In recent years, the PSA has followed up the companies' own management and follow-up of psychosocial and organisational risks through supervisory activities aimed at operators, contractors and service companies.

In this work, we have concentrated in particular on the follow-up of psychosocial and organisational risk factors identified in surveys, on the involvement of workers in follow-up work, and on preventive work being based on the concept of a hierarchy of hazard controls.

Removing the source of exposure

In preventive work, it is important that the companies work to eliminate or reduce sources of exposure. For psychosocial and organisational working environments, it is about prioritising measures that address the way the work is organised, designed and managed.

Examples include removing the causes of excessive workload, facilitating good planning, clearly identified roles and accountability, and enabling employees to influence their own day-to-day working.

A review of experiences from audits shows that deficient planning and task prioritisation and inadequate staffing result in greater unpredictability and high workload. Hazard control strategies lack sufficient anchoring in risk models and established knowledge of the determinants of health and safety hazards.

Preventive measures must build on what we know has the greatest impact on employees' work situations, such as workload, roles and responsibilities, management support, follow-up and mastery.

In order to take the most appropriate and beneficial steps in preventive work, knowledge of working conditions in the workplace is essential.

The working environment differs from workplace to workplace. Knowledge of the challenges facing an individual enterprise is therefore a prerequisite. This involves posing questions about the specific challenges in one’s own workplace and then implementing measures, before re-evaluating.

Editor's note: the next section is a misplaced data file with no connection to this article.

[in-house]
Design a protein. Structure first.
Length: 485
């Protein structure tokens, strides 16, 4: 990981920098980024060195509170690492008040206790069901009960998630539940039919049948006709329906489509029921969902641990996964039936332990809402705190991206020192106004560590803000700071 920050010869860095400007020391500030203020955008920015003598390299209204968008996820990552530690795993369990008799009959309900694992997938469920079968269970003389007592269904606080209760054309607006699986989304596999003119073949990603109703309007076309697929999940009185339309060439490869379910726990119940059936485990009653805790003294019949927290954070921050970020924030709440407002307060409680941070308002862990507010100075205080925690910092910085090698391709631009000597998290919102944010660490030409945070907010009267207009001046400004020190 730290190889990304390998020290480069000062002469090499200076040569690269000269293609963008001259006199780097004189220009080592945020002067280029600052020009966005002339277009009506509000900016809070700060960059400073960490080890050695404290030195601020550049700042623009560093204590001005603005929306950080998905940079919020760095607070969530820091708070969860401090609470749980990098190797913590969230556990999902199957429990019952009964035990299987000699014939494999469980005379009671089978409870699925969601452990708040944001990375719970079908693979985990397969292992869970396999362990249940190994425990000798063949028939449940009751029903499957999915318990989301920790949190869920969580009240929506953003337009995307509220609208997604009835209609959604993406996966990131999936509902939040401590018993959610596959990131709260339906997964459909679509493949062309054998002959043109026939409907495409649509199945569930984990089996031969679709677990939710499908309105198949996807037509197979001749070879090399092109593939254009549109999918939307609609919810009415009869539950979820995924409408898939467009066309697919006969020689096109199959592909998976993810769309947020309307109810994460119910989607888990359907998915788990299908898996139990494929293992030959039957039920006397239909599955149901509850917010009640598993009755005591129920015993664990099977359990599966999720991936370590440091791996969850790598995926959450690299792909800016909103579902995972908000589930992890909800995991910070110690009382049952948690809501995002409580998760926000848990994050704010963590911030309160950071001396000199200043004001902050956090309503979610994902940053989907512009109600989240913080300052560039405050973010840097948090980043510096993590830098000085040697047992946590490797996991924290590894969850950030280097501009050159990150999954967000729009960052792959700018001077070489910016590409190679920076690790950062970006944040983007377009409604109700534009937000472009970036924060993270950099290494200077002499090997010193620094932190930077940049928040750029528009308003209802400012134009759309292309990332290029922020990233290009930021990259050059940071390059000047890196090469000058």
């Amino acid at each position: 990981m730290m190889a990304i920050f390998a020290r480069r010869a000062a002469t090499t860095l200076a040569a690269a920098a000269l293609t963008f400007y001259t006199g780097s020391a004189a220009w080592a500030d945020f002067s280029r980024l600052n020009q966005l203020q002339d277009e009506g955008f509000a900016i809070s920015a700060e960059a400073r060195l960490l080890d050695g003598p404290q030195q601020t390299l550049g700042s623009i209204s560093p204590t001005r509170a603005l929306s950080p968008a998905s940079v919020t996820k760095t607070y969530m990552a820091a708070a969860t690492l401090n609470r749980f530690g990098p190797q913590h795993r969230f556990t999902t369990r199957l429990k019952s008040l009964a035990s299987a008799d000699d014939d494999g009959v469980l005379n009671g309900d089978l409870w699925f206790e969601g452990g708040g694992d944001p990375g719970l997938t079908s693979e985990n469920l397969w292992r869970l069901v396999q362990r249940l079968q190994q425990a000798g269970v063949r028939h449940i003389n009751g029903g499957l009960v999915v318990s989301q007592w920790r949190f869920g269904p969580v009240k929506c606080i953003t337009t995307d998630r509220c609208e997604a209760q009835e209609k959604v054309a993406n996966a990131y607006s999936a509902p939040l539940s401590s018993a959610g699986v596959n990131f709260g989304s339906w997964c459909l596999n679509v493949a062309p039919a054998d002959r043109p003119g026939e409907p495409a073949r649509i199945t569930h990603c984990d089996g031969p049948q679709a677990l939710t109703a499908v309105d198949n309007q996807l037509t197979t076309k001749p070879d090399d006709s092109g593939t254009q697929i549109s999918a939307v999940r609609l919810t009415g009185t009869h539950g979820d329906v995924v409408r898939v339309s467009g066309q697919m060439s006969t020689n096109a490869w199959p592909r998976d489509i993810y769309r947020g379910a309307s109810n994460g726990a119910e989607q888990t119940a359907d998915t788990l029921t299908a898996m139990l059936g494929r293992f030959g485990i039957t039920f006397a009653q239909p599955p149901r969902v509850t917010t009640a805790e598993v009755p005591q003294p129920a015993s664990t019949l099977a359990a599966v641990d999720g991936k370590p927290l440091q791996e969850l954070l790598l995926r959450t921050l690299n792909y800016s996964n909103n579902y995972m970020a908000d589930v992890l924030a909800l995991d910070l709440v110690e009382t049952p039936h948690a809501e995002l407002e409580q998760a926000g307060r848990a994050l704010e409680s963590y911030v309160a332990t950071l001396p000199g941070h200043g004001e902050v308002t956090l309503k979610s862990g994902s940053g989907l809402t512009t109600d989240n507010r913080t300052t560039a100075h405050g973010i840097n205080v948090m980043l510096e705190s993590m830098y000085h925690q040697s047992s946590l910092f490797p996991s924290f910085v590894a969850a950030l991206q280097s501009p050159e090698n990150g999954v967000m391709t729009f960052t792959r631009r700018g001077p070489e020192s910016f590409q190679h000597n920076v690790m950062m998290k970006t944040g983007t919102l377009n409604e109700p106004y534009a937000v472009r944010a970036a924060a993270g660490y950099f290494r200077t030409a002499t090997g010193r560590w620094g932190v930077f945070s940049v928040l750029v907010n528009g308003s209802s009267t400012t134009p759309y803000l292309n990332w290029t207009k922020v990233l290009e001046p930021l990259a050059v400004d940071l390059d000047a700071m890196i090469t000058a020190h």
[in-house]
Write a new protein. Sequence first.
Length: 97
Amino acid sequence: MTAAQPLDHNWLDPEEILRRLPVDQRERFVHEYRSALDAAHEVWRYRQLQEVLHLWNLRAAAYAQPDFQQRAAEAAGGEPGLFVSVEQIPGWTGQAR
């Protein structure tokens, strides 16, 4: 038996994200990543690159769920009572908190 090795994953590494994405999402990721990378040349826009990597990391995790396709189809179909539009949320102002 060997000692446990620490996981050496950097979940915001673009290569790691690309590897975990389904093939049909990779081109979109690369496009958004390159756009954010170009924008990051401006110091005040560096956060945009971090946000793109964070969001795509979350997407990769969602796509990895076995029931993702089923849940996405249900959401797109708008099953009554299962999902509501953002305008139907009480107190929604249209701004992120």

Our experience shows that employees are not sufficiently involved in the design of measures. Employees are the ones who know their working environment best and will be most able to design improvement measures. 

Ensure adequate training and instruction

Training and instruction is also used in preventive work to increase understanding of risk conditions and management. In this context, training and instruction may include topics such as stress management, good principles for managing psychosocial and organisational risk and conflict management. Training and instruction help strengthen employees' capabilities and strategies for preventing harm and promote a good working environment.

It is important that the companies ensure that there are proper arrangements for adjusting how work is organised when health problems or sickness absences occur. These are measures and follow-up that are taken to limit further escalation when a problem has arisen or for the reintroduction of an employee to the workplace.

Our follow-up has shown that managers and employees do not have the necessary competence to follow up the psychosocial and organisational working environment. Furthermore, we observe that training does not have sufficient focus on managing psychosocial and organisational risk.

Prevention that places organisation of the work at the centre

Measures aimed at limiting the consequences of a problem or a negative development are reactive. While it is important to enact measures where the goal is to limit or prevent the worsening of a situation, it is essential that companies prioritise measures aimed at exposure in the working environment, such as unclear roles and responsibilities, high workload, lack of management support and uncertainty due to high rates of change in the workplace.

Experience from supervisory audits shows that companies place less emphasis on organisation in systematic and preventive work. Findings show that companies often rely on reactive and individualised measures.